Boy, is there a lot of misinformation on voting out there! I probably won’t be able to hit them all, but let me try to clear up a few of the pervasive myths that surround voting in the United States. Please keep in mind that my “expertise” is Texas specific, and that each state runs their own elections systems. However, those are largely differences in degree, not differences in kind.
The Myth: “I don’t want to register to vote because I don’t want to end up on the jury duty rolls!”
The Reality: If you have a State-issued drivers’ license or ID card, guess what? You are already on the jury duty rolls. Sorry folks. But like death and taxes (with apologies to my libertarian friends), getting on the jury duty rolls is inevitable. As the Travis County Registrar of Voters office told me, certainly, the State “can” pull your name from the voter registration rolls. The State can pull your name from any government listing that you are on. Fear of jury duty should NEVER stop you from exercising your right to vote.
The Myth: “I have a green card, so it’s my right to vote, but only in local or state elections, not Presidential.”
The Reality: Simply put, voting in US Elections is a right and privilege of US citizens ONLY. Qualifications to vote in the US are as follows:
- You must be a US Citizen.
- You must meet your state’s residency requirements. (However, if you are a homeless US Citizen, you are STILL eligible to vote!)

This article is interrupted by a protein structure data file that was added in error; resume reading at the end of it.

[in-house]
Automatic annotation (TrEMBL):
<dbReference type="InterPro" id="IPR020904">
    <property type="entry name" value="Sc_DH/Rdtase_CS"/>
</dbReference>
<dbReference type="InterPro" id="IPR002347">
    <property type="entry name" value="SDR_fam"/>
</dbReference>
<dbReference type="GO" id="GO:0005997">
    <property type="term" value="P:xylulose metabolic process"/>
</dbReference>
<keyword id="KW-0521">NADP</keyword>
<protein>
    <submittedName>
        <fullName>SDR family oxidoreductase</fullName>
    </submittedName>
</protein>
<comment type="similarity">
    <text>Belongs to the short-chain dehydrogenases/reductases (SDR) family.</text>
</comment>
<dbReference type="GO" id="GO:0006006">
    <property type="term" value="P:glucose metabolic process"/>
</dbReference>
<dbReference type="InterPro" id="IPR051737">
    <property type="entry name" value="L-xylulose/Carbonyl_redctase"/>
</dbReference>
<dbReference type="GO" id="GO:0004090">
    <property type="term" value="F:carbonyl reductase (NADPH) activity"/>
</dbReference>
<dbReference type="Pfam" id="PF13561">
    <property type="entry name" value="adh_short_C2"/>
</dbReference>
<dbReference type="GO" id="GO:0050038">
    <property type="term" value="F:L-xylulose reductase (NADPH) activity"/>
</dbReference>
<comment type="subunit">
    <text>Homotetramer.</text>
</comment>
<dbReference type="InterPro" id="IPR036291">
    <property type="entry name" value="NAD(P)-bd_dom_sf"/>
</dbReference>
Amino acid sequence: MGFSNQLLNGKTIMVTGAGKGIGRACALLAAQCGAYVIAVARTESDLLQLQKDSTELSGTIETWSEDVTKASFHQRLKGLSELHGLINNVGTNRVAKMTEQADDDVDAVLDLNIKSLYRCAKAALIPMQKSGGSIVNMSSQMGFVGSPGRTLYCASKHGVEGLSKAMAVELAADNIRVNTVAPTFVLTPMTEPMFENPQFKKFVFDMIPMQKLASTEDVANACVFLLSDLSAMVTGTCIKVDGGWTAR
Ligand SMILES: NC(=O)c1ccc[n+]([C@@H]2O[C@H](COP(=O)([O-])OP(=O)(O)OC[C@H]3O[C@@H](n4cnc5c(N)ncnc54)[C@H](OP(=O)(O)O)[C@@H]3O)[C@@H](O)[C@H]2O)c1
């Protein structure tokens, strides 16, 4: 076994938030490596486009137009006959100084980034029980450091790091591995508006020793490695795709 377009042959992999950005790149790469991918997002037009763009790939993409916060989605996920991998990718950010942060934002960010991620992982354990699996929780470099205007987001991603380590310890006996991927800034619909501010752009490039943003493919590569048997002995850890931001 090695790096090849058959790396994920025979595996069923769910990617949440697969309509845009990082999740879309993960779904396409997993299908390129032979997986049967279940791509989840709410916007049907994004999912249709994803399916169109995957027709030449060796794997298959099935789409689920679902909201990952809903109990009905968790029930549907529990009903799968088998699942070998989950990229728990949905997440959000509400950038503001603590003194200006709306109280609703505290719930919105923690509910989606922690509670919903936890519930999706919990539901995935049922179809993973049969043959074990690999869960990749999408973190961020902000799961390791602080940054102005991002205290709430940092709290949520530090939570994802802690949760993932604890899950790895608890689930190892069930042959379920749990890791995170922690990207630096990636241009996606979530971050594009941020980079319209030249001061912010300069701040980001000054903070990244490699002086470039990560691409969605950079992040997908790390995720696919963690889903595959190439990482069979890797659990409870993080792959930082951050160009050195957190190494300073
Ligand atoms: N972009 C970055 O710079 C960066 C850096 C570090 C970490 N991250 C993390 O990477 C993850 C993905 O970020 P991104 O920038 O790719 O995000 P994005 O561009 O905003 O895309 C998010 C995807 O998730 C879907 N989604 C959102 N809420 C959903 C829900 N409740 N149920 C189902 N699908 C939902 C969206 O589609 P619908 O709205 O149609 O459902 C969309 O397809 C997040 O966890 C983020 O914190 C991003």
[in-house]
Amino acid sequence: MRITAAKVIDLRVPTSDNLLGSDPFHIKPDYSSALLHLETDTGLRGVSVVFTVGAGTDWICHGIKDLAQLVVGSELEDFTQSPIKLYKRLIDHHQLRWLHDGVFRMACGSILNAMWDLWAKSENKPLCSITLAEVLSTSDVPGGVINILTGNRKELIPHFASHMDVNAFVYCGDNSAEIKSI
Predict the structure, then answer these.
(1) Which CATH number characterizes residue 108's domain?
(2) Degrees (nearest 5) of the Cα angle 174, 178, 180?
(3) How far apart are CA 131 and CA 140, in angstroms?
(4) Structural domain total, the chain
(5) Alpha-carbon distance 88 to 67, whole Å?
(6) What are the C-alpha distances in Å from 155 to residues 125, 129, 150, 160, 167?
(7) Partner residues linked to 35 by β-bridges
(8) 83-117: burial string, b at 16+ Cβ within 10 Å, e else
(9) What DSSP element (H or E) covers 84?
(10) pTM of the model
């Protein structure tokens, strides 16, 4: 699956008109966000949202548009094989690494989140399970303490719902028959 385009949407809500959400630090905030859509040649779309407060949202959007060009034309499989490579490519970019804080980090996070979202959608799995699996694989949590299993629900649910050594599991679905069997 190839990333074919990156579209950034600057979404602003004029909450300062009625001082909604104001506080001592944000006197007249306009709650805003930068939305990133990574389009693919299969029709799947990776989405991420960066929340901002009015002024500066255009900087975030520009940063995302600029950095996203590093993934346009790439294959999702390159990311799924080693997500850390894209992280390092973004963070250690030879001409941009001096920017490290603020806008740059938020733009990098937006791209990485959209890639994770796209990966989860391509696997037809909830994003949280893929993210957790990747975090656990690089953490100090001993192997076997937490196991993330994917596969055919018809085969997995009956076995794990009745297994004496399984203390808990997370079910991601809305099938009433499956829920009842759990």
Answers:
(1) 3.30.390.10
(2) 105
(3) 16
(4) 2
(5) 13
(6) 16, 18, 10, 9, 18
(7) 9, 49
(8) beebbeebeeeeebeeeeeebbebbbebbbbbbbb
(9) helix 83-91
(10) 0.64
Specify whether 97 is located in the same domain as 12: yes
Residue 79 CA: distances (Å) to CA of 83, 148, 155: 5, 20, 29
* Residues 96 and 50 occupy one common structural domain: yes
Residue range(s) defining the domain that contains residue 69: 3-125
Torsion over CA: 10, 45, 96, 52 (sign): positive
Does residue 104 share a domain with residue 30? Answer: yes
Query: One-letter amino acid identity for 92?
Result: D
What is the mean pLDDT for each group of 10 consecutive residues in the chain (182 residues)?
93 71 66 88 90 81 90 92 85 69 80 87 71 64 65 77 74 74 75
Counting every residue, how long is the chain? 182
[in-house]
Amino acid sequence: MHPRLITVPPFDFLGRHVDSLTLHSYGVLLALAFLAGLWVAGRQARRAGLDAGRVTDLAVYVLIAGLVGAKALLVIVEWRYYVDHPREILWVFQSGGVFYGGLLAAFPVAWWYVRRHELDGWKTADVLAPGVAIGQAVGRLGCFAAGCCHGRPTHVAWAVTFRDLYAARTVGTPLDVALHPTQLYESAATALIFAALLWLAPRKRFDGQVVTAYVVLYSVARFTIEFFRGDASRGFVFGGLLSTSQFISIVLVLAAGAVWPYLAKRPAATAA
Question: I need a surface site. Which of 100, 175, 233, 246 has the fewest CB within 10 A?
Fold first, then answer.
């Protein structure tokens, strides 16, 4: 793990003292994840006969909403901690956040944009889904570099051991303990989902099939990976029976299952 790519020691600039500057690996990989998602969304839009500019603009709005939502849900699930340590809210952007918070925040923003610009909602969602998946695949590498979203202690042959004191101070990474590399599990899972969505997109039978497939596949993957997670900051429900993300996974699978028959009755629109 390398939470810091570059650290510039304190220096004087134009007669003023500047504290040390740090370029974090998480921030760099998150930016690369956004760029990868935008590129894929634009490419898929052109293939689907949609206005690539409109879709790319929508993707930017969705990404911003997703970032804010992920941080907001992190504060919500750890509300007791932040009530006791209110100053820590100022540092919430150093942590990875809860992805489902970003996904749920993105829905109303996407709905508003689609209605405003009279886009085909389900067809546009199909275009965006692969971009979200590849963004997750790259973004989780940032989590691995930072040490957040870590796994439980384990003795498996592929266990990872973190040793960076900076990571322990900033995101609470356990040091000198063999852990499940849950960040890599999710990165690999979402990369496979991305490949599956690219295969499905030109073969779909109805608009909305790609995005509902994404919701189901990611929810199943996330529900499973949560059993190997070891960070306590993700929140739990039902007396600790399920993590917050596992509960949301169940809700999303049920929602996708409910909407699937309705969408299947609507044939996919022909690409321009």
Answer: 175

- You must be at least 18 years of age on Election Day. Registration requirements vary by states. For example, in Texas, you may register to vote when you reach age 17 years and 10 months, but you can only vote when you turn 18.
- You must register to vote by your State’s voter registration deadline. For example, in Texas, you must be a registered voter 30 days prior to the next Election Day.
The Myth: “I can’t vote because I have a felony conviction on my record.”
The Reality: Although each state sets their own rules, which you can find here, in the majority of states, you can absolutely vote if you are off paper! That is, once you have served your time and finished parole, you are eligible to vote. So get registered!
If you still have questions about voting or getting registered, check out the Texas Secretary of State’s Elections Division, Travis County Elections, or for other states, start here. The most important thing is that you get registered and vote. Every election. Every time!